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North Slope Borough v. Green International, Inc. (1/15/99), 969 P 2d 1161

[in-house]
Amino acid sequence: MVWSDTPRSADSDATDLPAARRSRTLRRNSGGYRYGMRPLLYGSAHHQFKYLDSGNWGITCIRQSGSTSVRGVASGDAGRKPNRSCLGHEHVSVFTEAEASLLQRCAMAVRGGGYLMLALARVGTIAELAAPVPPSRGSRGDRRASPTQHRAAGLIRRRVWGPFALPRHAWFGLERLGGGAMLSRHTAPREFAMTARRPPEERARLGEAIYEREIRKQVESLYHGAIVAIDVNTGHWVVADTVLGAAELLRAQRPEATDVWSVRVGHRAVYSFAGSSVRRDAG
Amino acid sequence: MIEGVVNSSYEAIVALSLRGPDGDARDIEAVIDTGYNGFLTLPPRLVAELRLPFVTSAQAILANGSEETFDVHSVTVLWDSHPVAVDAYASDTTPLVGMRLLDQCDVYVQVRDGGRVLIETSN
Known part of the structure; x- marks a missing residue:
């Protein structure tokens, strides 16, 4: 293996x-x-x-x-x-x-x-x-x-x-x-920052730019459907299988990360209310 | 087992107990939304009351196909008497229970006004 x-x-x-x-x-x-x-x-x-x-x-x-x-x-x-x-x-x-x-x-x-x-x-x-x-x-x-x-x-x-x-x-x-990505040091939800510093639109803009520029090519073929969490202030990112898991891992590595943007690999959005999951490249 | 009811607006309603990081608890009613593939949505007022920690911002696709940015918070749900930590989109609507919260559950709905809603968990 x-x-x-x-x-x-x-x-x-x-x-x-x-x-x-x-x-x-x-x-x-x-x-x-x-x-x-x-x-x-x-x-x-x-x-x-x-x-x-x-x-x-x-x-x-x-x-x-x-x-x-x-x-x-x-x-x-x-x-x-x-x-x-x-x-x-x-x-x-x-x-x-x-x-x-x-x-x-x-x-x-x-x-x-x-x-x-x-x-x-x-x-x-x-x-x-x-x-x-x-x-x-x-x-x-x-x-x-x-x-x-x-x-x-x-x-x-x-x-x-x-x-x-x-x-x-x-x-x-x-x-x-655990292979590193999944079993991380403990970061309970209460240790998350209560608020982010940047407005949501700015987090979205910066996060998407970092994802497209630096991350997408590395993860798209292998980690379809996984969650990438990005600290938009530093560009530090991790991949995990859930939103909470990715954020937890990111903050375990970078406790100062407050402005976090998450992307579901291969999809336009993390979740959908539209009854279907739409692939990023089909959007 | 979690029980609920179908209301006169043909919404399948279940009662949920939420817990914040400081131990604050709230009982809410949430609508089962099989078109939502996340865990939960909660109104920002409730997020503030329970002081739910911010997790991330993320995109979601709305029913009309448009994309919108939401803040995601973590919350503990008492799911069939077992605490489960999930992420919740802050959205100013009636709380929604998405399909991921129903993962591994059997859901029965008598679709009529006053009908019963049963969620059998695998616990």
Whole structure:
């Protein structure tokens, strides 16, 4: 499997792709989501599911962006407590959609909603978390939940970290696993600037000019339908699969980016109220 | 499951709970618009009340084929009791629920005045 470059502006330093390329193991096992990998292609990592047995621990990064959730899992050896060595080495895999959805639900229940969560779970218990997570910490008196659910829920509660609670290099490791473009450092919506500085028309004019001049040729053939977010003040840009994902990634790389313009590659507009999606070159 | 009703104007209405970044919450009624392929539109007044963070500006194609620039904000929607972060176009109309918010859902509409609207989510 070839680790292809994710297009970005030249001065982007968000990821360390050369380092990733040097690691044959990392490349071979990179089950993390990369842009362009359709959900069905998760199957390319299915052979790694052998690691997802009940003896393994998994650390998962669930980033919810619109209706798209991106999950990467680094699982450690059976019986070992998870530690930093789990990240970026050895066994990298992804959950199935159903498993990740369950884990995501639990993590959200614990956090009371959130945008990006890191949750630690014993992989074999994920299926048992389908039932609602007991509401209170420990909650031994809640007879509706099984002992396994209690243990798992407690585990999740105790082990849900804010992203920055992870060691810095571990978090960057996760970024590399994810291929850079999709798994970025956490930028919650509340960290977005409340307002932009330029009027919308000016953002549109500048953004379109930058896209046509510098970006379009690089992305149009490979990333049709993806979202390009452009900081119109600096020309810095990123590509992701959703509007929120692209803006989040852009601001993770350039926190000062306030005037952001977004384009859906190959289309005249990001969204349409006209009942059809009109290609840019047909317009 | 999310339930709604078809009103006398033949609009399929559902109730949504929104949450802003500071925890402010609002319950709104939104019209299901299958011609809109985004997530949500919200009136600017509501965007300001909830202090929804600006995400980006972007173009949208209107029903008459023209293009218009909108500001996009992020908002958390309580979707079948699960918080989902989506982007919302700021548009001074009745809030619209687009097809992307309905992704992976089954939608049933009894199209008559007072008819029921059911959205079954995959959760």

Notice: This opinion is subject to correction before publication in the Pacific Reporter. Readers are requested to bring errors to the attention of the Clerk of the Appellate Courts, 303 K Street, Anchorage, Alaska 99501, phone (907) 264-0608, fax (907) 264-0878. THE SUPREME COURT OF THE STATE OF ALASKA NORTH SLOPE BOROUGH, ) DEPARTMENT OF ADMINISTRATION ) AND FINANCE, TAX AUDIT ) Supreme Court No. S-8151 DIVISION; NORTH SLOPE BOROUGH ) ASSEMBLY; and NORTH SLOPE ) Superior Court No. BOROUGH BOARD OF EQUALIZATION,) 3AN-96-9450 CI ) Appellants, ) O P I N I O N ) v. ) ) GREEN INTERNATIONAL, INC., ) [No. 5067 - January 15, 1999] ) Appellee. ) ______________________________) Appeal from the Superior Court of the State of Alaska, Third Judicial District, Anchorage, Sigurd Murphy, Judge, pro tem. Appearances: Steven E. Sumida, Assistant Borough Attorney, Barrow, for Appellants. Herbert A. Viergutz, Barokas & Martin, Anchorage, for Appellee. Before: Matthews, Chief Justice, Compton, Eastaugh, Fabe, and Bryner, Justices. PER CURIAM. I. INTRODUCTION We must decide whether the superior court erred in failing to award costs and attorney's fees after dismissing without prejudice to refiling in Barrow an administrative appeal that had been improperly filed in Anchorage. Although we conclude that the award was a matter for the court's discretion under Alaska Appellate Rule 508, we remand because the court applied an incorrect legal standard in denying costs and fees. II. FACTS AND PROCEEDINGS On December 29, 1995, the North Slope Borough Board of Equalization (NSB) assessed personal property taxes against Green International (Green) for the period spanning 1989 to 1993. Green filed an administrative appeal, which it lost. Green appealed that decision to the superior court, filing its notice of appeal in Anchorage. After unsuccessfully attempting to convince Green to stipulate that Barrow was the appropriate location for filing the appeal, NSB moved to transfer venue, arguing that venue in Anchorage was improper. On March 17, 1997, the superior court in Anchorage granted NSB's motion and ordered Green's complaint dismissed "without prejudice if appeal is filed with the Second Judicial District, Barrow [within] 15 days." Green refiled its appeal in Barrow and did not appeal the Anchorage superior court's order. On April 3, 1997, NSB filed a motion in the Anchorage case requesting $2100 in costs and attorney's fees that it had incurred while litigating venue. Green opposed and asked for costs and attorney's fees that it had incurred in opposing NSB's motion for costs. The superior court denied fees and costs to both parties stating: "This was a fairly close jurisdictional question. There was no vexatious action by either party. Costs may be addressed at [the] conclusion of appeal." NSB appeals this denial. III. DISCUSSION Given that Green did not appeal the superior court's March 17 order of dismissal, we assume for purposes of this decision that the court was correct in determining that Green's appeal was improperly filed in Anchorage [Fn. 1] and that a dismissal, rather than a transfer of venue, was the appropriate remedy for Green's improper filing. [Fn. 2] In denying NSB's motion for costs and fees, the superior court in Anchorage indicated that the issue of NSB's prevailing party costs and fees could be taken up after disposition of the appeal in Barrow. Implicit in this approach is the view that the Anchorage and Barrow appeals amounted to a single proceeding -- that dismissal without prejudice was a de facto transfer of venue. This view is incorrect as a matter of law. The March 17 order dismissing Green's appeal without prejudice terminated the appeal in Anchorage and was a final order. [Fn. 3] Because the order was dispositive, it triggered the provisions of Appellate Rule 508, which govern the award of costs and fees on appeal. [Fn. 4] The superior court's denial of NSB's motion for costs and fees amounted to a final judgment in favor of NSB on the merits and against NSB on the issue of costs and fees. [Fn. 5] Since the dismissal of Green's appeal in Anchorage terminated the Anchorage appeal and made it necessary for Green to institute a new appeal in Barrow, the superior court erred in concluding that the issue of costs and fees could be deferred for consideration by the Barrow court upon disposition of the Barrow appeal. [Fn. 6] NSB relies on McClellan v. Kenai Peninsula Borough [Fn. 7] for the proposition that it had a right to receive full fees and costs for prevailing against Green on the issue of venue. But McClellan is distinguishable. There, the superior court had ruled on the merits of a dispositive motion after improperly assuming venue. On appeal, this court indicated that "[t]o help protect defendants from having their right to proper venue denied, a motion for costs for having to make a change of venue motion is proper." [Fn. 8] Here, by contrast, the appeal in Anchorage was dismissed without consideration of the merits of the controversy. Thus, NSB was never in the position of "having [its] right to proper venue denied . . . ."[Fn. 9] Moreover, unlike the present case, McClellan was not an administrative appeal. Its holding does not directly apply here, because with respect to administrative appeals, prevailing party costs and fees are specifically governed by Appellate Rule 508, which vests appellate courts with broad discretion. [Fn. 10] Although the superior court ordinarily need not articulate its reasons for awarding attorney's fees on appeal, it is required to explain denials in cases involving affirmances or reversals under Appellate Rule 508(b) or (c), because without an explanation this court cannot be sure "whether [a] denial was an exercise of . . . discretion, or the result of a possibly mistaken belief that the requesting party was not entitled to any fees." [Fn. 11] Further, in such cases, fees are the norm and "shall be allowed""unless ordered by the court." In contrast, this case is governed by Appellate Rule 508(a), under which the norm is not to award fees "unless otherwise ordered." Since the court did not deviate from the norm, ordinarily no explanation would be required. However, under the circumstances of this case, we believe that a remand and an explanation is warranted because it appears that the superior court misapprehended the law. Here, the superior court's denial of costs and fees was prompted to a certain extent by its mistaken belief that the issue could be deferred pending completion of the appeal in Barrow. The only other stated reason for denial was that the issue of venue presented "a fairly close jurisdictional question," and that "there was no vexatious action by either party." These factors are relevant to the issue of whether Green's choice of an improper venue should have been cured by transferring venue rather than dismissing the Anchorage appeal without prejudice. [Fn. 12] But these factors have only limited bearing on the issue of whether NSB should have been awarded fees or costs. Appellate Rule 508 does not purport to restrict fees and costs to cases involving vexatious litigation or meritless claims. IV. CONCLUSION Because the superior court applied an incorrect standard, we VACATE its order denying costs and fees to NSB, and we REMAND for reconsideration of NSB's motion under Appellate Rule 508(a), (d) and (e). If the court again denies NSB's motion, it should fully explain its decision. [Fn. 13] FOOTNOTES Footnote 1: We express no view as to whether Alaska Civil Rule 3 and AS 22.10.040 generally apply for purposes of determining the proper venue for commencement of an administrative appeal. Footnote 2: See Ko-Am Enters. v. Davis, 657 P.2d 399, 400 (Alaska 1983) (indicating that transfer of venue, rather than dismissal, is ordinarily the preferred remedy). Footnote 3: See 15 Charles Alan Wright et al., Federal Practice and Procedure sec. 3827, at 277-78 (2d ed. 1986) ("If the court dismisses the action [for lack of venue] this is of course a final judgment and appealable as such."). Cf. Stahlman v. State, 856 P.2d 1162, 1165 (Alaska 1993) (noting that, where a "dismissal without prejudice"effectively imposes legal prejudice on the plaintiff, the dismissal is appealable). Footnote 4: See Appellate Rule 508(a), (e), and (f) (implying that award of appellate costs and fees coincides with final disposition of the appeal). Cf. Ko-Am Enters., 675 P.2d at 401 n.2 (stating that where the superior court dismisses an appeal rather than transferring venue, an award of costs "may be appropriate"). Footnote 5: See Aleut Corp. v. Rogers, 619 P.2d 472, 473 (Alaska 1980) (per curiam) (dismissal without prejudice is final appealable judgment); see also AS 22.05.010(c) ("A decision of the superior court on an appeal from an administrative agency decision may be appealed to the supreme court as a matter of right."); Alaska R. App. P. 204(a)(5)(a) ("If no appeal or cross-appeal is pending, the allowance of costs and attorney's fees . . . shall be considered a final judgment subject to separate appeal limited to the subject of costs, attorney's fees . . . ."). Footnote 6: Had NSB failed to appeal the Anchorage superior court's March 17 order denying fees and costs, the order would no longer have been subject to challenge and would have been binding on the court in Barrow. Moreover, the Barrow court would have had no basis for awarding fees and costs for activities in the Anchorage case, because it would have no record basis upon which to act. Footnote 7: 565 P.2d 175 (Alaska 1977). Footnote 8: Id. at 179. Footnote 9: Id. Footnote 10: See Stalnaker v. Williams, 960 P.2d 590, 597 (Alaska 1998) (superior court hearing appeal from administrative agency awards attorney's fees under appellate rule instead of rule of civil procedure); Cook Inlet Pipe Line Co. v. Alaska Pub. Utils. Comm'n, 836 P.2d 343, 348 (Alaska 1992) (stating that review of award of attorney's fees is limited to abuse of discretion); Rosen v. State Bd. of Pub. Accountancy, 689 P.2d 481-82 n.6 (Alaska 1984) (per curiam) (noting that awards under Alaska Appellate Rule 508(e) are within superior court's discretion). We note, however, that Appellate Rule 508(a) limits the court's discretion to award costs in cases of dismissal: "If an appeal is dismissed or petition denied by the appellate court, costs shall not be allowed to the appellee or respondent, unless otherwise ordered by the court." Footnote 11: See Rosen, 689 P.2d at 480 (quoting Conway, Inc. v. Ross, 627 P.2d 1029, 1032 (Alaska 1981)). Footnote 12: Cf. Ko-Am Enters. v. Davis, 657 P.2d at 400 (noting that dismissal may be appropriate if litigant acted in bad faith). Footnote 13: In light of our decision vacating and remanding the superior court's costs and fees order, we find no merit in Green's reciprocal request for costs and attorney's fees for defending this appeal.